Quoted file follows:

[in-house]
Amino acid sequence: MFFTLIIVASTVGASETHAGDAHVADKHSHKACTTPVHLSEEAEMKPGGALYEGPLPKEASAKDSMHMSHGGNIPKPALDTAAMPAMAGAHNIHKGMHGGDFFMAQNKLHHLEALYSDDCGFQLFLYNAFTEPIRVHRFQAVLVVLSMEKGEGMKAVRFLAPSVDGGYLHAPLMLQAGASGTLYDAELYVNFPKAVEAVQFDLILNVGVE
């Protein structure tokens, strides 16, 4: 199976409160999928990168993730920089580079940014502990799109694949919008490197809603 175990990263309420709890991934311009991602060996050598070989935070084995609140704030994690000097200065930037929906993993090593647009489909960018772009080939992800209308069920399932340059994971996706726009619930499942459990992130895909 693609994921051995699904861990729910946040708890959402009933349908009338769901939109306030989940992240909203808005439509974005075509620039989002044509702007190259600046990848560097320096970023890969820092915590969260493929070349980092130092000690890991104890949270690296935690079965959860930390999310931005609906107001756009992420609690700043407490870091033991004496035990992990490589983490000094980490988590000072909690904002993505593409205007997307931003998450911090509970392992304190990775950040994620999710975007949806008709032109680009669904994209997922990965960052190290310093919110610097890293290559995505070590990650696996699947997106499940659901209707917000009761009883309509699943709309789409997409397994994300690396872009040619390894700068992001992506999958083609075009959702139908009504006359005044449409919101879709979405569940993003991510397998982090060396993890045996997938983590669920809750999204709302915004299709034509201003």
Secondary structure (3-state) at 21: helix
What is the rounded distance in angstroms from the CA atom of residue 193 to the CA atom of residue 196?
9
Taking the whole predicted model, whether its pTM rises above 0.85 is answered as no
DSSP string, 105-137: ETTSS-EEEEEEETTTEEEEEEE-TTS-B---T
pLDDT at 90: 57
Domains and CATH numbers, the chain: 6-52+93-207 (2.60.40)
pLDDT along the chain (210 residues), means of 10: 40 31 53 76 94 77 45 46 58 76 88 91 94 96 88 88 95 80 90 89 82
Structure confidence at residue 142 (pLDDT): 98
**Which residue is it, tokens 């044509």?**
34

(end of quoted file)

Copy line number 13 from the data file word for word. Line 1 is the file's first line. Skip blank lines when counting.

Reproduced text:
**Which residue is it, tokens 């044509």?**